Apple, the most valuable brand on the planet by a significant margin, is almost finished construction of its new headquarters. Apple Park, a ring-shaped, eco-friendly mothership, took five years and five billion dollars to build.
But, interestingly, a detail from the many articles covering the project as the ribbon-cutting ceremony approaches had nothing to do with its polished glass architecture or collaboration encouraging design. Instead, a round design of another kind captured the internet’s attention: a pizza box
In classic Apple fashion, every detail of the site has been deeply thought out, right down to the cafeteria’s food containers. The vented takeaway box is said to keep pizza hot without letting it get soggy thanks to some clever engineering.
No doubt, it’s a darn fine pizza box, but the real story here is less about takeout supplies and more about being in the enviable position of being a thought leader.
Surely, someone at Facebook or Amazon’s corporate cafeteria is looking at their own stock of perfectly functional containers and wondering why Apple gets all the glowing headlines. But, when your brand is known for being smarter, sleeker, and just simply better than the rest it applies to absolutely everything you do– right down to the paper goods.
When analyzing consumer sentiment we often talk about ‘top-of-mind’ awareness, which asks which brand comes immediately to mind when prompted with a given category or industry. Thought leadership is owning the top-of-mind awareness for the specific category of expertise. It’s being the go-to authority in your field.
By just about everyone’s estimation Apple is a thought leader brand. They tackle harder problems, come up with more innovative solutions, and generally have more expertise their competitors in a range of areas. Google and Samsung are no slouches themselves, and yet despite their best efforts they haven’t been able to steal the crown from Apple.
When one’s competitors are merely a click away and comparison shopping is the norm, owning a brand differentiator like that is invaluable. And not just from a customer-centric perspective. A 2016 survey by The Economist Group found that:
70% of executives said they are more inclined to do business with organizations that are perceived as thought leaders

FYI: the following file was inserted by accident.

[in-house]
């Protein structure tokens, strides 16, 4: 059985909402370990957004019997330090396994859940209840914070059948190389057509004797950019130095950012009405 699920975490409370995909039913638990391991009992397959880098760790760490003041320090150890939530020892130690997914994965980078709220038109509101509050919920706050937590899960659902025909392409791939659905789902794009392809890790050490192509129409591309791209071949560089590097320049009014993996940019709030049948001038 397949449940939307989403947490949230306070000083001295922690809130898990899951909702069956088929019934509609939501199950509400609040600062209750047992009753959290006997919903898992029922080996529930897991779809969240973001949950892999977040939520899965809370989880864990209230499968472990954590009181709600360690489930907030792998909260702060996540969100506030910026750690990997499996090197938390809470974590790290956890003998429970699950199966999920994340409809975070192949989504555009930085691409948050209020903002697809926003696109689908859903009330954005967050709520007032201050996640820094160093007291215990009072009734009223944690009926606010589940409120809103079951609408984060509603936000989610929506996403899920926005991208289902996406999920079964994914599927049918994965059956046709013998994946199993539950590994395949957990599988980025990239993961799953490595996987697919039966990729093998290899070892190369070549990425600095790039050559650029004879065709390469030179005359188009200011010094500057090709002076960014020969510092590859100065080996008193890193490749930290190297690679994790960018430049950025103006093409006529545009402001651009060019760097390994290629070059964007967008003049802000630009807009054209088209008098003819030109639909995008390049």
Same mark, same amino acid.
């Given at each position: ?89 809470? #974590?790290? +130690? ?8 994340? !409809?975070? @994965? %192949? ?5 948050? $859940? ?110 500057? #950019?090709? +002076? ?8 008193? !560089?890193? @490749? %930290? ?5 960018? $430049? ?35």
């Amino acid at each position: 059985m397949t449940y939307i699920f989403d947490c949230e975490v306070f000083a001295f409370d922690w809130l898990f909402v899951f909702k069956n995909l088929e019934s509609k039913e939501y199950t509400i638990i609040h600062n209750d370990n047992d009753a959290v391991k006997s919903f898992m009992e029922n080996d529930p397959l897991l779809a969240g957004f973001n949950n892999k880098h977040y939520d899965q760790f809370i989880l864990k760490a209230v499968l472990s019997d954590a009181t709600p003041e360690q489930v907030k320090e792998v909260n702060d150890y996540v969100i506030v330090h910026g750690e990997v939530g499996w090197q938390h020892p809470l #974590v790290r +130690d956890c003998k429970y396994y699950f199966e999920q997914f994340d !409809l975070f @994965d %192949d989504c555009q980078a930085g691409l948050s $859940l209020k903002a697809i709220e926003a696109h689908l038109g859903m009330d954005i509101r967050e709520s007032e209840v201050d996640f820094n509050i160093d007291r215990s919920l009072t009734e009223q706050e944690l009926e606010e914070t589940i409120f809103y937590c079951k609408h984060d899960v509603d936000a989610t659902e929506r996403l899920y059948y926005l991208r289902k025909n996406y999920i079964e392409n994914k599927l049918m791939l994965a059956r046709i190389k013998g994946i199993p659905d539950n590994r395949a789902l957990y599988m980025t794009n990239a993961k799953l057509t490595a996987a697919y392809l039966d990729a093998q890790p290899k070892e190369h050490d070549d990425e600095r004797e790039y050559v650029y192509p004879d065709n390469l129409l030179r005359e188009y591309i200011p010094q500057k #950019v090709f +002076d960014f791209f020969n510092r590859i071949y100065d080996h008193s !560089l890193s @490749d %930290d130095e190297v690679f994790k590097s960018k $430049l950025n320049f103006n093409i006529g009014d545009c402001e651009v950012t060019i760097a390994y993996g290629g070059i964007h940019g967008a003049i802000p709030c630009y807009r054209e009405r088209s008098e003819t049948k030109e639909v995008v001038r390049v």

Everyone wants their problems handled by the best in the business. If you came down with a rare medical issue would you rather be treated by a kid fresh out of medical school or the doctor who wrote the book on your condition?
In addition to generating business opportunities, thought leaders also gain many other advantages such as attracting top talent and building up their stock of earned media from loyal followers.
Leading From the Front
The question then becomes, how exactly does one gain thought leadership status? You do it by proving your knowledge and experience day in and day out. You provide practical, useful solutions and help spread them to others. You serve as an inspiration and a resource to your audience. You do the hard work of mining insights that others have missed.
Perhaps most consequentially, you take chances others won’t. All revolutionary ideas are scary and can invite criticism. Fred Smith, the founder of FedEx came up with the idea for guaranteed overnight delivery in business school and was told: “The concept is interesting and well-formed, but in order to earn better than a ‘C’, the idea must be feasible.”
When faced with that kind of countervailing opinion, most people might second guess their initial instincts. But, leaders dare to take the chances that put them ahead of the pack. And when their bets pay off, they pay off big. Being the first to realize the potential of a new opportunity is valuable in its own right, but the corollary benefits of being recognized as a thought leader compounds the effect.
Thought leaders see further than others and reshape the world’s idea of what is possible. Not only do they reap the benefits of tapping a new market first, but they earn the right to position themselves as the leaders, experts, and influencers that they are.
The term gets thrown around alot these days, and often it seems, people think it’s a position that is easy to come by. But, true thought leadership is the product of a long-term commitment to strategic risk-taking and producing real-world results. Not everyone has the fortitude or foresight to get there, which is what makes being a leader such a rare and prized distinction.